Most of the singers in this round were blander than beige,except for Nick Mitchell. Nick,aka "Norman Gentle",does a bizarre lounge lizard act that is a picture perfect definition of show stopper and not in the best sense of the word. I won't be a bit surprised if he goes thru to the Top Twelve,this guy truly has to be seen to be believed:
As I said,most of the other performances were nothing to write home about,yet I was able to hand out a Sanjaya award this week to Jesse Langseth for her one note version of Bette Davis Eyes. She tried,but such a stylized song is not a good pick for a up and coming singer to showcase her voice(sorry about this being another audio clip,but that's how YouTube rolls these days):
BLINK AND YOU'LL FORGET THIS ONE
SHE KNOWS JUST WHAT IT TAKES TO MAKE THIS SONG WORK
Sad news to report,folks-ABC Family will not be renewing The Middleman for a second season(preferring to make more shows about glossy college students and suburban soap operas about middle class pregnant teenagers instead). There are plans to release the first season on DVD,with a special edition comic book included to tie up the loose ends remaining from the storyline.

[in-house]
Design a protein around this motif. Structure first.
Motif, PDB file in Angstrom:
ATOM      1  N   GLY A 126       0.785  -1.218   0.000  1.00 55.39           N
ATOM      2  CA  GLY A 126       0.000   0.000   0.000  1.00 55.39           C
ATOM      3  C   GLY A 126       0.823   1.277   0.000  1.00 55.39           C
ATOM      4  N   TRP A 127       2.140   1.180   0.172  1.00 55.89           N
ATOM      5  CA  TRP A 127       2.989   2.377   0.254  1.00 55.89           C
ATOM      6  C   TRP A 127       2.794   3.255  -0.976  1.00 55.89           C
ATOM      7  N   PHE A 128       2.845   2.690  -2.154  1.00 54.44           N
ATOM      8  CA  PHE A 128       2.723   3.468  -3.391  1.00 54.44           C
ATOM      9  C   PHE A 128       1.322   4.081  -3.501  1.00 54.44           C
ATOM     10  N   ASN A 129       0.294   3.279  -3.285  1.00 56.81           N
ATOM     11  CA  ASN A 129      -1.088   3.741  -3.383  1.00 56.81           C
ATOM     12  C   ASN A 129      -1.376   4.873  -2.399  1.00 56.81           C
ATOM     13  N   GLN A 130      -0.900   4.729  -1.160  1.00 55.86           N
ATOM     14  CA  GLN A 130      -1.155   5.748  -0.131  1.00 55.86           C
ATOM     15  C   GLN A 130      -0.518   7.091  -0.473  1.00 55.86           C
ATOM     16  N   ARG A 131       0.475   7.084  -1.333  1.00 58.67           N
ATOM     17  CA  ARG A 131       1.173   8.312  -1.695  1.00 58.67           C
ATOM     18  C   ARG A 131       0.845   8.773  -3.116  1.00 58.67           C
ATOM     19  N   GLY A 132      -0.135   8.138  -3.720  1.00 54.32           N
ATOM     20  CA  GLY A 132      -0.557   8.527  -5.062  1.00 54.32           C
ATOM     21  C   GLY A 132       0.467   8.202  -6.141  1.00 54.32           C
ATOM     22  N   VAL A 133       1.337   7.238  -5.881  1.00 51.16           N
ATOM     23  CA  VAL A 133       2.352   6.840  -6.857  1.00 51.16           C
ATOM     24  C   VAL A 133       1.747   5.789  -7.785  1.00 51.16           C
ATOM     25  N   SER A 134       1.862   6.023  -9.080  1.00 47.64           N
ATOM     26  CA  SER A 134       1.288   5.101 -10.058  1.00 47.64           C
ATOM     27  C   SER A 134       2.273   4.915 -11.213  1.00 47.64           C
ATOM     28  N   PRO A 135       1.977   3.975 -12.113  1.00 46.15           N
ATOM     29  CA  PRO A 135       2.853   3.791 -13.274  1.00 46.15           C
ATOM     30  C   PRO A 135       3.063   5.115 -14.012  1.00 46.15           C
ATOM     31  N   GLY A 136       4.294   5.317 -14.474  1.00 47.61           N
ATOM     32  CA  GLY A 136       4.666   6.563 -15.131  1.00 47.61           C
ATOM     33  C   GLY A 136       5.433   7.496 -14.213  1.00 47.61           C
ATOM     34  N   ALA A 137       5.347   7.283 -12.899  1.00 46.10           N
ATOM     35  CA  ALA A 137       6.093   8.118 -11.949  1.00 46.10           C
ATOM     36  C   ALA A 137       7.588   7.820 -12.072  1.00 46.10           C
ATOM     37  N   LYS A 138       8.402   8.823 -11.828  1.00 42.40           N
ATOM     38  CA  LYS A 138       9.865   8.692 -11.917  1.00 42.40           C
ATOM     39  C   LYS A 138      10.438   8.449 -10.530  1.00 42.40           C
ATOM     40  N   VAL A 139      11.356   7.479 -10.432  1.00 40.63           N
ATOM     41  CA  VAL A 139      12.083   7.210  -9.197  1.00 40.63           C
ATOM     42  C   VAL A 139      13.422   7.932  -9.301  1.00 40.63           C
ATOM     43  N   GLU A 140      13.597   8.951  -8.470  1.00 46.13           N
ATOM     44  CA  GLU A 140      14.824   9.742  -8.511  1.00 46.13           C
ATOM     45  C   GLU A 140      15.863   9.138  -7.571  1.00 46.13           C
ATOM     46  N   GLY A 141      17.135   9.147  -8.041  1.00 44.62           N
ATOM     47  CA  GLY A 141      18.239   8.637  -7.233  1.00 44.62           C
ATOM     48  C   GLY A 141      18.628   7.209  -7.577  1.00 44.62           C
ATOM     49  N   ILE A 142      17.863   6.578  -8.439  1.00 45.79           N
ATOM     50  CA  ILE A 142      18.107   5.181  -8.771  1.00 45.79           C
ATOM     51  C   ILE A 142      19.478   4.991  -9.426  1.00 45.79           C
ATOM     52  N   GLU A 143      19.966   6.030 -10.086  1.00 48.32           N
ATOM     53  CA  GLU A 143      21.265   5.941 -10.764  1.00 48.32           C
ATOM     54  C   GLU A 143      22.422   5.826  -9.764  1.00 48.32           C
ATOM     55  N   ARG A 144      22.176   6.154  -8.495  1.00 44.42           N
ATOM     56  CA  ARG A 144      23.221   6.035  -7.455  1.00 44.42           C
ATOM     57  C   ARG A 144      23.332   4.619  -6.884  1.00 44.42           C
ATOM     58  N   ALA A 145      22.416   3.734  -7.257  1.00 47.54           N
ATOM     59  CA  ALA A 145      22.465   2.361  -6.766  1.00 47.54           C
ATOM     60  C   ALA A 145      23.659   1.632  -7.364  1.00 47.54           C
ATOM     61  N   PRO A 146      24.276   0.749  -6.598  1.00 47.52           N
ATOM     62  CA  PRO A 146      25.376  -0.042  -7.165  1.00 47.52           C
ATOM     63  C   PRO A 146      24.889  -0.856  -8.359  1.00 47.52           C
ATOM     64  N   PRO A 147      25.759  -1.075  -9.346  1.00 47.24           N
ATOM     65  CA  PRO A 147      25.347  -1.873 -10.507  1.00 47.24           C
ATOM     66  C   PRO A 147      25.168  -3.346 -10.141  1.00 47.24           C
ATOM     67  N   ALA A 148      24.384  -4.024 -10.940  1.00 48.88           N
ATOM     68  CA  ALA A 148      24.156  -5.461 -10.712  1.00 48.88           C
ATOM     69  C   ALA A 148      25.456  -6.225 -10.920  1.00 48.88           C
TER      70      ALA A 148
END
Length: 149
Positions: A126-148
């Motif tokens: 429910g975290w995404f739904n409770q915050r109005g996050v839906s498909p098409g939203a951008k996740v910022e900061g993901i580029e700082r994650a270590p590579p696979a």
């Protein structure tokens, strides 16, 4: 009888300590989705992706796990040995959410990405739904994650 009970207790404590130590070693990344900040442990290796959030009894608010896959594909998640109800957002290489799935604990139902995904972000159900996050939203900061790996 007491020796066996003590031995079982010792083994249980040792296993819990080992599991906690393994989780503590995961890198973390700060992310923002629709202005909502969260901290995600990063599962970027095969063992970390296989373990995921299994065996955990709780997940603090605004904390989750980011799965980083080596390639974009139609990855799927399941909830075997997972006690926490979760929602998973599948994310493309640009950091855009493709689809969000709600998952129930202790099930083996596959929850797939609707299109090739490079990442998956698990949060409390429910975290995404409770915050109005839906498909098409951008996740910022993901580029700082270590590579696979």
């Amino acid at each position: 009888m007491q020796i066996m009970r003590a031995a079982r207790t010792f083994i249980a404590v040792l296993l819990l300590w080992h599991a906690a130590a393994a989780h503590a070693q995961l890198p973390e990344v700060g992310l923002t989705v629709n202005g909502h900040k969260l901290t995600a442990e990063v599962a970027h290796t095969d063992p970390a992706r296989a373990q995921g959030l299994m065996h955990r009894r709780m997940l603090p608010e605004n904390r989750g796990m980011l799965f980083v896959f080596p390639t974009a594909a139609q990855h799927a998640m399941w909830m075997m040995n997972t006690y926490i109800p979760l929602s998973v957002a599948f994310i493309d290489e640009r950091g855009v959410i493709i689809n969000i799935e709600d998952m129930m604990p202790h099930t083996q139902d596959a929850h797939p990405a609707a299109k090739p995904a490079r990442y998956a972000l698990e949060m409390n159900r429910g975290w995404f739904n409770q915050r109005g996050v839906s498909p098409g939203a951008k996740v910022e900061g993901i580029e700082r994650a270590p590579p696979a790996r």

This was a fun and funky little sci-fi superheroed theme show with a strong and smart female lead and it's a true loss to TV viewers that another season was denied to us. I'm sorry to see it go and hope that others will discover the many delights that it offered and check out the comic book series that first brought the Middleverse to life:
TREKKIES WELCOME HERE
SEE WHAT YOU'VE BEEN MISSING